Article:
In the embodiment of the drink supply canister holder 22 b illustrated in FIGS. 32, 33, 34 and 35, the drink supply canister holder 22 b includes a drink canister support 42 b, an exterior drink supply canister guide 44 b connected to the drink supply canister support 42 b, an interior drink supply canister guide 46 b connected to the drink supply canister support 42 b and a drink supply canister securing member 48 b. The drink supply canister support 42 b is pivotally connected to the refrigerator door to facilitate the placement and removal of drink supply canisters from the holder 22 b. The drink supply canister support 42 b includes drink canister slots 50 a, 50 b, 50 c and 50 d, respectively, for receiving the drink supply canisters 24. Likewise, securing member 48 b includes a plurality of gas supplier valves 54 a, 54 b, 54 c and 54 d which are part of the gas supplier 28. With respect to replacing drinks supply containers, this embodiment functions similar to the embodiments described above. When the securing member 48 b closes, the canister slots fit over the drink supply canisters 24 and restrict their movement and the gas supplier valves 54 a, 54 b, 54 c and 54 d also engage the gas inlet valves in the drink supply canisters to enable CO2 gas or other pressurized gas to flow into and pressurize the drink supply canisters 24 as discussed above. This embodiment may also include co-acting mating members (not shown) which ensure that suitable drink supply canisters are used in connection with the beverage dispenser.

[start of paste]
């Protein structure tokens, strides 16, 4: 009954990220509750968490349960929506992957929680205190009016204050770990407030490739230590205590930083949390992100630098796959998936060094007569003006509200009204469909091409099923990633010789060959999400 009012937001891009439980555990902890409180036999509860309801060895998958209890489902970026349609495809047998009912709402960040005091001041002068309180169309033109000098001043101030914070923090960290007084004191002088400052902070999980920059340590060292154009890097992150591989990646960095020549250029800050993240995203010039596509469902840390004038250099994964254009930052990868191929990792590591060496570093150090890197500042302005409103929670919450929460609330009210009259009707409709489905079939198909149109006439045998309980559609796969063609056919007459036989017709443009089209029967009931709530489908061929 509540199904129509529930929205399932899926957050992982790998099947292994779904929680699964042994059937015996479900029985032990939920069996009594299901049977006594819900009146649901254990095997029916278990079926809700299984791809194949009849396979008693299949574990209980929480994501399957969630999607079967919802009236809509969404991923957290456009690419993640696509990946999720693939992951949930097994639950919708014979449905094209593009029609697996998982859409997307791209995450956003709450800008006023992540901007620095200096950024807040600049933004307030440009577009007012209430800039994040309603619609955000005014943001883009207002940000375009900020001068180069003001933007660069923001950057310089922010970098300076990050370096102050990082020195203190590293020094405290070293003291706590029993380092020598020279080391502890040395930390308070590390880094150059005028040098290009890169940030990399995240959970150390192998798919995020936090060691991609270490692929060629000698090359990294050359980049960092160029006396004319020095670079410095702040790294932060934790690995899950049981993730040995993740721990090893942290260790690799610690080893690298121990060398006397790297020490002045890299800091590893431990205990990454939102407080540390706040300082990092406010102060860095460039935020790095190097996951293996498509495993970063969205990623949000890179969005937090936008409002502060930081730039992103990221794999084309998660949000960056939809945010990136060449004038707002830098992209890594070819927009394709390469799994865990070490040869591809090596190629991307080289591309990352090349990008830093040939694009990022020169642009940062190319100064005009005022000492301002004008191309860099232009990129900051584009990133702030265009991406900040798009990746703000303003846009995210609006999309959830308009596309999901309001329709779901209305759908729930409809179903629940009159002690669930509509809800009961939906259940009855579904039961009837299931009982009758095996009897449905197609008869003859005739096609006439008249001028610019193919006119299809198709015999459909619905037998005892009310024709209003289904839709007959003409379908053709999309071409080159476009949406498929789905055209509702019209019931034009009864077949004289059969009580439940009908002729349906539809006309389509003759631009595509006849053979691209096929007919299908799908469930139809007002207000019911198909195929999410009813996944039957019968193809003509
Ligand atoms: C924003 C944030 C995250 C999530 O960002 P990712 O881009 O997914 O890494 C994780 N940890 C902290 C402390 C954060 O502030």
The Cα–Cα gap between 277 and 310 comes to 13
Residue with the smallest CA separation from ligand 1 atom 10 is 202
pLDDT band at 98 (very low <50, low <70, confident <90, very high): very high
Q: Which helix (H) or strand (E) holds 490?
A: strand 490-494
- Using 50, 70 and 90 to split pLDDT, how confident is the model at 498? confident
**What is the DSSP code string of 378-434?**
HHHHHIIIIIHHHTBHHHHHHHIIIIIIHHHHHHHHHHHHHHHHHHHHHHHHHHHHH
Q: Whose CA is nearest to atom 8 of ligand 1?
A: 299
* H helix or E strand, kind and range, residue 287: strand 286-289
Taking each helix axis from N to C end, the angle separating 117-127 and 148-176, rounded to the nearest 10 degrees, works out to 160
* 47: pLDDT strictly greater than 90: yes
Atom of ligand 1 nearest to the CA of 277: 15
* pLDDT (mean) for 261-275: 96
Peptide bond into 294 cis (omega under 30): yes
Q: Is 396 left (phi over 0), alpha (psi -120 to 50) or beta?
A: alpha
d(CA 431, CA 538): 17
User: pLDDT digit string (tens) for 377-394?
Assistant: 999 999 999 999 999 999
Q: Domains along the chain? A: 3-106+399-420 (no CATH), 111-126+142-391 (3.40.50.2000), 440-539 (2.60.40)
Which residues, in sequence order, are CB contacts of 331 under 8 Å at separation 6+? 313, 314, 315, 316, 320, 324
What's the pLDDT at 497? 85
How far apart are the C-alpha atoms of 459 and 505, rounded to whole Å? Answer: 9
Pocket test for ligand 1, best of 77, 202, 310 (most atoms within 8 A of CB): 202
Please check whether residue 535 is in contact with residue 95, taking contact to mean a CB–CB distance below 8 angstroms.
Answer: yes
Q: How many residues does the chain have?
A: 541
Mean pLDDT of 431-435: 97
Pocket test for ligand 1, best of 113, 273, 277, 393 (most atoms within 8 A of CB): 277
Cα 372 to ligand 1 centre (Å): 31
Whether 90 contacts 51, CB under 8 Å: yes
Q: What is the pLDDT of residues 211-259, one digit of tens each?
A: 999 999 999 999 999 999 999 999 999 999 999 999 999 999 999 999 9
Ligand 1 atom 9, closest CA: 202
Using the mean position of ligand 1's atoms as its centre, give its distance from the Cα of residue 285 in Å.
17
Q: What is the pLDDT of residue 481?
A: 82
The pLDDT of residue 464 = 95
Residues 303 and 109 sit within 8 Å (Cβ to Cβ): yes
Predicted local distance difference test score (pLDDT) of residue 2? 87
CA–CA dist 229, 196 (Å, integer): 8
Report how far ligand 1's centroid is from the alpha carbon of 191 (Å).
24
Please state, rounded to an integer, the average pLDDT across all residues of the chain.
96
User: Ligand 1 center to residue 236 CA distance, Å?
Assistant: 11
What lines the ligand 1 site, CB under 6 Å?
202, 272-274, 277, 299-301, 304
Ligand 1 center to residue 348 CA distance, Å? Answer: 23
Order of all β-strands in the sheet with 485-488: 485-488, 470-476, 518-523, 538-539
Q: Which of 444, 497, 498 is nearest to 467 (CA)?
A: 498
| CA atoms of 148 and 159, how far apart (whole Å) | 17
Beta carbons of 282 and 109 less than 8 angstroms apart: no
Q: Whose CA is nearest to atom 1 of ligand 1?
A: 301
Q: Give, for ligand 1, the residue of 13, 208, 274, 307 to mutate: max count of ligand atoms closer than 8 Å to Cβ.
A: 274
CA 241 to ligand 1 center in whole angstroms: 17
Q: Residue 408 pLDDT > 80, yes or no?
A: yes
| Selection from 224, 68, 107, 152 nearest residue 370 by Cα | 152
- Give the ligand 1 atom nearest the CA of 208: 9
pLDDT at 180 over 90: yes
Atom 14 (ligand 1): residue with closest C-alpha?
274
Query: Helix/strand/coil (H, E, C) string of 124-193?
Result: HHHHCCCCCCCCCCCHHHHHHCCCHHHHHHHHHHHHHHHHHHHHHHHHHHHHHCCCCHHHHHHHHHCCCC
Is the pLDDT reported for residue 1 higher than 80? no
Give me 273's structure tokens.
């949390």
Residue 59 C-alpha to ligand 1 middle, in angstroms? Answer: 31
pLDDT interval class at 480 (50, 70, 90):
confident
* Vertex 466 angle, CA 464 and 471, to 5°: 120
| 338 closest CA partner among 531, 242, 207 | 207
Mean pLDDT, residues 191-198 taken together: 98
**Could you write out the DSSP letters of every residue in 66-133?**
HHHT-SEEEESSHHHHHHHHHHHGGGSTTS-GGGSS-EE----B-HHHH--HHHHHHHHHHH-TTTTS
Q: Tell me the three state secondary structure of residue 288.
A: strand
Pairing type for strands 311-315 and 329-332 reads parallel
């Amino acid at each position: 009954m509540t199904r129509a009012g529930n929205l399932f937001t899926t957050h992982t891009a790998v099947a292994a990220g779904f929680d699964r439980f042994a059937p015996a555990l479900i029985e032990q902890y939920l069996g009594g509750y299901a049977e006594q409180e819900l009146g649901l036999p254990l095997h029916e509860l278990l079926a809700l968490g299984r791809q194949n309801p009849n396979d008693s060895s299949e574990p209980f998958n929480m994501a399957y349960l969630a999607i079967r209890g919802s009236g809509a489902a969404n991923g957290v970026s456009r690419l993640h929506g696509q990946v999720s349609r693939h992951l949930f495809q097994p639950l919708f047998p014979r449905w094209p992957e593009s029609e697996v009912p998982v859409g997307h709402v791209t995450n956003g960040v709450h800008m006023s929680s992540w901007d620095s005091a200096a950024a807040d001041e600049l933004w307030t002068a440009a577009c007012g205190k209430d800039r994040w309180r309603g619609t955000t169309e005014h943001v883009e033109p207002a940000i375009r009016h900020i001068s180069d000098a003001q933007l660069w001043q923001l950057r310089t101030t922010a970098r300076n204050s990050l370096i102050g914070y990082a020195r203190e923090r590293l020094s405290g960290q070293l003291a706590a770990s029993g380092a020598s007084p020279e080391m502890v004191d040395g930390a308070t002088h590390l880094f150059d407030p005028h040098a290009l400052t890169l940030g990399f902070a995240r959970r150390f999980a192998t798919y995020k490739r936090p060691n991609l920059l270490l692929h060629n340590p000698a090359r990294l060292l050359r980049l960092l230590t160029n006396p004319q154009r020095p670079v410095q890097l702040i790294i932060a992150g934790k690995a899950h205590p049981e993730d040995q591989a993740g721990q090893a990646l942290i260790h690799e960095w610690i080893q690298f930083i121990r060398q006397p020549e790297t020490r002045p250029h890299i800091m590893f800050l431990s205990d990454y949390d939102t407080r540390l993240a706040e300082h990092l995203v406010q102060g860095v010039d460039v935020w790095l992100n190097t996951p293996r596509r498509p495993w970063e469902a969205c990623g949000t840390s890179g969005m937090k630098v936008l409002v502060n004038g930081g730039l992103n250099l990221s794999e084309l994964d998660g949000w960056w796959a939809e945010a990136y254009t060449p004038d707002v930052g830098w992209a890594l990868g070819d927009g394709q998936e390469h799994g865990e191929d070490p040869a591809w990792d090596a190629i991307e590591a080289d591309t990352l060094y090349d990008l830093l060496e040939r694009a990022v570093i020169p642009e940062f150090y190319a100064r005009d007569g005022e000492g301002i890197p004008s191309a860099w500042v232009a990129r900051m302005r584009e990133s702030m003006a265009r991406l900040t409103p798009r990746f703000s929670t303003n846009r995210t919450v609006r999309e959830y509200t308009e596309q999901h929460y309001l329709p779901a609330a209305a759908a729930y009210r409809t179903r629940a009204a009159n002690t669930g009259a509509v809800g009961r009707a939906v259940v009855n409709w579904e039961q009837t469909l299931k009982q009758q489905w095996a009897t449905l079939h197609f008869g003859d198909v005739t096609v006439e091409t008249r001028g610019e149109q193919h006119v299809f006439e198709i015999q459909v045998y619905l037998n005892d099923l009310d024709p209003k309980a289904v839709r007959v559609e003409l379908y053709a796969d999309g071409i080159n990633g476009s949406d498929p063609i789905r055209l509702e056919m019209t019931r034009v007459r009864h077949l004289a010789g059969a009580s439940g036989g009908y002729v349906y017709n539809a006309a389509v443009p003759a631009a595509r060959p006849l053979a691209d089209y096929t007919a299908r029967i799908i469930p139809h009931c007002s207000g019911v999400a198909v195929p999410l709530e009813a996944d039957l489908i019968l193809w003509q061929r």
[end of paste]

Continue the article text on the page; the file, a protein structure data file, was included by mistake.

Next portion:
A further alternative embodiment of the drink supply canister holder or frame is illustrated in FIGS. 36A to 36C. In this embodiment, the frame 22 c includes a support member 178 for a plurality of independently pivoting drink supply canister compartments 180, an exterior guide wall 182 connected to the support member 178, opposing side guide walls 184 a and 184 b connected to the exterior guide wall 182 and support member 178 and two spaced-apart opposing legs 186 a and 186 b connected to the support member 178. Each canister compartment 180 is adapted to receive a drink supply canister 24. Each canister compartment 180 includes a canister support 188 connected to two sets of spaced apart opposing compartment walls 190. The canister support 188 includes an opening or aperture 190 which receives the drink supply outlet valve 66 of the drink supply canister 24. The canister compartment 180 is sized to slidably receive the drink supply canisters 24. In the illustrated embodiment, a hinge 190 is employed to pivotally connect the canister compartment 180 to the support member 178. It should be appreciated that other suitable connections may be employed to facilitate easy access to the compartments. Each canister compartment 180 is adapted to independently pivot from an open or accessible position to a closed or usable position. The open position enables a user to easily remove an empty drink supply canister 24 and insert a new filled drink supply canister 24. In the closed position, the drink supply canister 24 is in a useable position which enables the beverage dispenser of the present invention to cause the drink supply canister 24 to dispense the drink supply. In this embodiment, the drink supply canisters 24 can be pre-pressurized, or the canister holder 22 c can include any device for suitably connecting a gas line (not shown) to the drink supply canisters 24 in order to pressurize the drink supply in the canisters 24 to facilitate the steady and consistent dispensing of the drink supply from the drink supply canister as the volume of the drink supply in the drink supply canister decreases.